It’s been a turbulent journey for the Washington Privacy Act (WPA). When initially proposed in 2019, the legislation seemed like Washington’s answer to the California Consumer Privacy Act (CCPA), establishing a stricter approach to state-level data privacy.
However, the bill narrowly failed to pass in 2019, meeting the same fate when reworked in 2020. Though the bill was bipartisan, disagreements over enforcement mechanisms and a private right to action held it back.
Upon its second failure, state legislators stressed that the dream wasn’t dead. In a statement, representative Norma Smith promised “a better bill…that will truly empower consumers in a big data economy.”
On the heels of 2021, that bill has arrived. If passed, it will take effect on July 31, 2022– about a year before the California Privacy Rights Act (CPRA) becomes enforceable. Here’s what you need to know about the third version of the WPA.
New Rights for Washington Residents
The big thing on the agenda is the creation of certain data rights for Washington consumers, bringing the state closer to the standard set by California. The bill notably includes the right to data portability, which means organizations must provide personal data to subjects in a usable format that they can reuse for their own purposes. And this version of WPA only includes a private right to action for violations related to public health emergencies, meaning consumers can’t seek damages if their personal data is improperly used in other cases.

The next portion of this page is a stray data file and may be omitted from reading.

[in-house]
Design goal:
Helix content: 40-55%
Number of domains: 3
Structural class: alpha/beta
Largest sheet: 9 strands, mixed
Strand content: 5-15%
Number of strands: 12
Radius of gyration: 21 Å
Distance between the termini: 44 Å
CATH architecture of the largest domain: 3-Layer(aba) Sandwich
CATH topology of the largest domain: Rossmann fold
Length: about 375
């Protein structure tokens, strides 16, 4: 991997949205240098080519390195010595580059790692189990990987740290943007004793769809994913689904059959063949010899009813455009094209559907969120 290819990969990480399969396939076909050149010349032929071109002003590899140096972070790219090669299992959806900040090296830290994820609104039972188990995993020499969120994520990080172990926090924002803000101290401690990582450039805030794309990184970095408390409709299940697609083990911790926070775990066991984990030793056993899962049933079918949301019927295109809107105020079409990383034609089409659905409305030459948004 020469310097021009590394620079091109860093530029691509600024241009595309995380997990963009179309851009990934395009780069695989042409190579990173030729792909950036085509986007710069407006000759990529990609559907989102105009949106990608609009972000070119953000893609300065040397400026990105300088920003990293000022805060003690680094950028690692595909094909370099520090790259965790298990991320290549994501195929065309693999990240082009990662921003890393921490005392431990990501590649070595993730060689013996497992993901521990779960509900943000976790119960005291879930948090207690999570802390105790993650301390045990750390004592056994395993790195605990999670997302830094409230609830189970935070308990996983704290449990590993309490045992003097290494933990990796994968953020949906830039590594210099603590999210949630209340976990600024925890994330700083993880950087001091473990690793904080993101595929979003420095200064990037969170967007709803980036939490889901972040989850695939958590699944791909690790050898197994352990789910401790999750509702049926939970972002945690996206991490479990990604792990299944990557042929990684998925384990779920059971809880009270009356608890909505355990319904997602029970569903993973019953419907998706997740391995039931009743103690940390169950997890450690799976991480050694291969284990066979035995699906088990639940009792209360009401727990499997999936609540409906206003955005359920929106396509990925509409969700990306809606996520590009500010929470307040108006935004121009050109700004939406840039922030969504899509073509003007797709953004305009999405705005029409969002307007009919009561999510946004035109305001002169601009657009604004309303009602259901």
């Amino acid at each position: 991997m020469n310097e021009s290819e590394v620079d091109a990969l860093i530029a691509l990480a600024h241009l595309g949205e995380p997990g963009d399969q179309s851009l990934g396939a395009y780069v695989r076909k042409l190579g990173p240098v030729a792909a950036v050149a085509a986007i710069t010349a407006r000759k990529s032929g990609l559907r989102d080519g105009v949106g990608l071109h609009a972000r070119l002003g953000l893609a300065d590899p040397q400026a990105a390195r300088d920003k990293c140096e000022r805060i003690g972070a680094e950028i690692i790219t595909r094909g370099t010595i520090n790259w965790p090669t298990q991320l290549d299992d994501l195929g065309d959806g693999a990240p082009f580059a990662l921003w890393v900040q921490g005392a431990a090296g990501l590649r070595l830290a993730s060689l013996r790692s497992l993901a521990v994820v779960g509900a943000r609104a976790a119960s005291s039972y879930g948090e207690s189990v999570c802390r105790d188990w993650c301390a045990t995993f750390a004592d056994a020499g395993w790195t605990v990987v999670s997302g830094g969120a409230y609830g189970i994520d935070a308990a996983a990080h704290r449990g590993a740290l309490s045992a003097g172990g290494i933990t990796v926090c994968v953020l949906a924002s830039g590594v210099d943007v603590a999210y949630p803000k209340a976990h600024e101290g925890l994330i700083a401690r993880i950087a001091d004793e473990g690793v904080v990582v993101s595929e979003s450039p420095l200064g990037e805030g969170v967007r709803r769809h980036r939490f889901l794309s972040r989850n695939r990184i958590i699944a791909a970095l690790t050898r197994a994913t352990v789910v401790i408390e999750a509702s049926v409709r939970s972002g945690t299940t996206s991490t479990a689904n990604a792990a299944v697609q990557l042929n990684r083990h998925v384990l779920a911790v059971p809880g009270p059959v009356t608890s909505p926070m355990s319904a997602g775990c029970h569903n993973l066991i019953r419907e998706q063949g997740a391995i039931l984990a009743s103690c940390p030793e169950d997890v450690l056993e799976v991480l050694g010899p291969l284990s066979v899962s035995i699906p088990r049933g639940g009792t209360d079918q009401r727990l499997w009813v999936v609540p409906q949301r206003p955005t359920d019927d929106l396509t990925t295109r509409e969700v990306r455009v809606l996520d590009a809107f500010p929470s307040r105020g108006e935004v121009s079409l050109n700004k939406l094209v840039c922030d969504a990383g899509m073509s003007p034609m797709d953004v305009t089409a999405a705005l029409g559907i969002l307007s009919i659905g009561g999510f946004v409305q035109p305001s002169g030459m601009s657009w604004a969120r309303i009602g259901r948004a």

Under WPA, organizations are obligated to correct and delete personal data upon request from the consumers. Consumers have the right to know if their personal data is being processed and organizations are required to be transparent about what categories of data they collect.
All the aforementioned requests must be processed within 45 days.
More Transparency for Consumers
One of WPA’s priorities is increased transparency from data controllers. To attain this, controllers will be required to issue a readable and accessible privacy notice informing consumers of how their data will be used. This includes information on the purposes of processing, the categories of data processed, and who the data is shared with.
The notice must also include information on what rights the consumers have and how they can exercise them. If the data is used for profit or profiling, this must be made explicit in the notice.
Consent Isn’t Always Necessary
Consent is not a prerequisite for most data activity under WPA. Instead, the onus would be on consumers to opt-out of data collection. However, this right only applies if the data is used for targeted advertising and profiling decisions, or if it is sold to third-parties. In other cases, consumers have little say over what happens to their data. Collectors will have 15 days to process opt-out requests.
However, consent is mandatory in cases involving sensitive personal data. This encompasses data revealing the subject’s race, ethnicity, religious beliefs, health conditions, sexual orientation, location, citizenship, or immigration status. Genetic or biometric data processed for the purpose of identifying the subject (such as fingerprints or face scans) are also classified as sensitive. The same restrictions apply to any personal data from a child.